Verse > Anthologies > Ralph Waldo Emerson, ed. > Parnassus: An Anthology of Poetry
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Ralph Waldo Emerson, comp. (1803–1882).  Parnassus: An Anthology of Poetry.  1880.
 
From The Prisoner of Chillon
By Lord Byron (1788–1824)
 
(See full text.)

I MADE a footing in the wall,
  It was not therefrom to escape,
For I had buried one and all,
  Who loved me in a human shape;
And the whole earth would henceforth be        5
A wider prison unto me:
But I was curious to ascend
To my barred windows, and to bend
Once more upon the mountains high,
The quiet of a loving eye.        10
 
I saw them—and they were the same;
They were not changed like me in frame;
I saw their thousand years of snow
On high,—their wide long lake below,
And the blue Rhone in fullest flow;        15
I heard the torrents leap and gush
O’er channelled rock and broken bush;
I saw the white-walled distant town,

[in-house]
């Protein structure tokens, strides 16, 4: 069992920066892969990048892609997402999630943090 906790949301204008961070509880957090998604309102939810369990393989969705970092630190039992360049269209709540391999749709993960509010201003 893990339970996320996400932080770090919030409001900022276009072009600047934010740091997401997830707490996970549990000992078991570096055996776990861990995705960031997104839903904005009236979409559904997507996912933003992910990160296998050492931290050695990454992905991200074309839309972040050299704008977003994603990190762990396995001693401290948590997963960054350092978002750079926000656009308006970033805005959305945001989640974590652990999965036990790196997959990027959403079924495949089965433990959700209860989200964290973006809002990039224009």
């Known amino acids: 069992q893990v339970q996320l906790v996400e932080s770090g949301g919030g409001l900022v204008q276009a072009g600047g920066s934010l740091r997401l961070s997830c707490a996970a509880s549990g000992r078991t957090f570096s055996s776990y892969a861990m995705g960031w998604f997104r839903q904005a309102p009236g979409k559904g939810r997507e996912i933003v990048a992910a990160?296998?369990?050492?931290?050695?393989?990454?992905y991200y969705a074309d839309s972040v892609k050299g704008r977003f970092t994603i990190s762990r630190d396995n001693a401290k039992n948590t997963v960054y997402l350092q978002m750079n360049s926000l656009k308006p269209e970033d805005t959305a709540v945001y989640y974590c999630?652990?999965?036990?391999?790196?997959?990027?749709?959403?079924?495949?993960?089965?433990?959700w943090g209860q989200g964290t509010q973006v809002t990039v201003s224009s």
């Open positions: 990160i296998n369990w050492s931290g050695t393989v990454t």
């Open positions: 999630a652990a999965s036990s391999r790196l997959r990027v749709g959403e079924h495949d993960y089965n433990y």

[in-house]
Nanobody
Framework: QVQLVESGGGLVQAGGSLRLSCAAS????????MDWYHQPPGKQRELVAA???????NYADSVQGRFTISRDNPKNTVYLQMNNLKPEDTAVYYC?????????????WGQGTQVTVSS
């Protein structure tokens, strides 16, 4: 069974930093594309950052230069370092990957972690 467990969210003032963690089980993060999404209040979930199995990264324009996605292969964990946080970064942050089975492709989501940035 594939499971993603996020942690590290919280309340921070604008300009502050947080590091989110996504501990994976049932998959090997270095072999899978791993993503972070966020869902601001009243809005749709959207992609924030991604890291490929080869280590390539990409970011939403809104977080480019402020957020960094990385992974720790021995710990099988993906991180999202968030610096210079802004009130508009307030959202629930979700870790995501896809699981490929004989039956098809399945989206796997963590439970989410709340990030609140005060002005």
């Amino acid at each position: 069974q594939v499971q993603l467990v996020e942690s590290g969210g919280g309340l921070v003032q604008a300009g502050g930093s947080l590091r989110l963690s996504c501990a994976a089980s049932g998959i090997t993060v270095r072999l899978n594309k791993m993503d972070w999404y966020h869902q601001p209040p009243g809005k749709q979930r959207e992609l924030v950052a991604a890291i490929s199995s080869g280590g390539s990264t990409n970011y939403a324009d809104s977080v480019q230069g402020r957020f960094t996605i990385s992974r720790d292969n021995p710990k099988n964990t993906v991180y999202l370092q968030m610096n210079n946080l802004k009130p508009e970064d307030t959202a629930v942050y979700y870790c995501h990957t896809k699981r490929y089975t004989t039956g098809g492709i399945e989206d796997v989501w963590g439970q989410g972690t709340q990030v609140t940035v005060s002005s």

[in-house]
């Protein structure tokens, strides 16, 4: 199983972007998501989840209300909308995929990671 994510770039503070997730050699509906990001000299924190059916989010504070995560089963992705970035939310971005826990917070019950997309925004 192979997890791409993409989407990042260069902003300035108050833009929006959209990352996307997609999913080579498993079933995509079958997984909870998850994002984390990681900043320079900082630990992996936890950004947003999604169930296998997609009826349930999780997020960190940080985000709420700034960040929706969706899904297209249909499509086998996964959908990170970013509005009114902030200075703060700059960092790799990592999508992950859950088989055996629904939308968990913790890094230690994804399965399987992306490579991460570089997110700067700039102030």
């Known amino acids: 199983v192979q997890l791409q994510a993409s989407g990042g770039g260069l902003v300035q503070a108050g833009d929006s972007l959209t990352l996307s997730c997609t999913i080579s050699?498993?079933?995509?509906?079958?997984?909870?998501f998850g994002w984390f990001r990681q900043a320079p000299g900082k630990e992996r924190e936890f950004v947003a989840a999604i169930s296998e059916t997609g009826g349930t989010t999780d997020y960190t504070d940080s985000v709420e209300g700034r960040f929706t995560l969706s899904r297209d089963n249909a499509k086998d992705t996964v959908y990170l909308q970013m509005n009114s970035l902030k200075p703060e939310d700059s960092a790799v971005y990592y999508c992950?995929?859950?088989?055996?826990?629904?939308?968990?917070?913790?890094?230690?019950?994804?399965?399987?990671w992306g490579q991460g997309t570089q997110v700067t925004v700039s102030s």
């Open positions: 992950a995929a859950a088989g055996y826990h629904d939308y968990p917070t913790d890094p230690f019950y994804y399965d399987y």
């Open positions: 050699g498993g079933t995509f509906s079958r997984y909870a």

And whiter sails go skimming down;
And then there was a little isle,        20
Which in my very face did smile,
  The only one in view;
A small green isle, it seemed no more,
Scarce broader than my dungeon floor,
But in it there were three tall trees,        25
And o’er it blew the mountain breeze,
And by it there were waters flowing,
And on it there were young flowers growing,
  Of gentle breath and hue.
The fish swam by the castle-wall,        30
And they seemed joyous each and all;
The eagle rode the rising blast;
Methought he never flew so fast
As then to me he seemed to fly,—
And then new tears came in my eye,        35
And I felt troubled,—and would fain
I had not left my recent chain.
 
 
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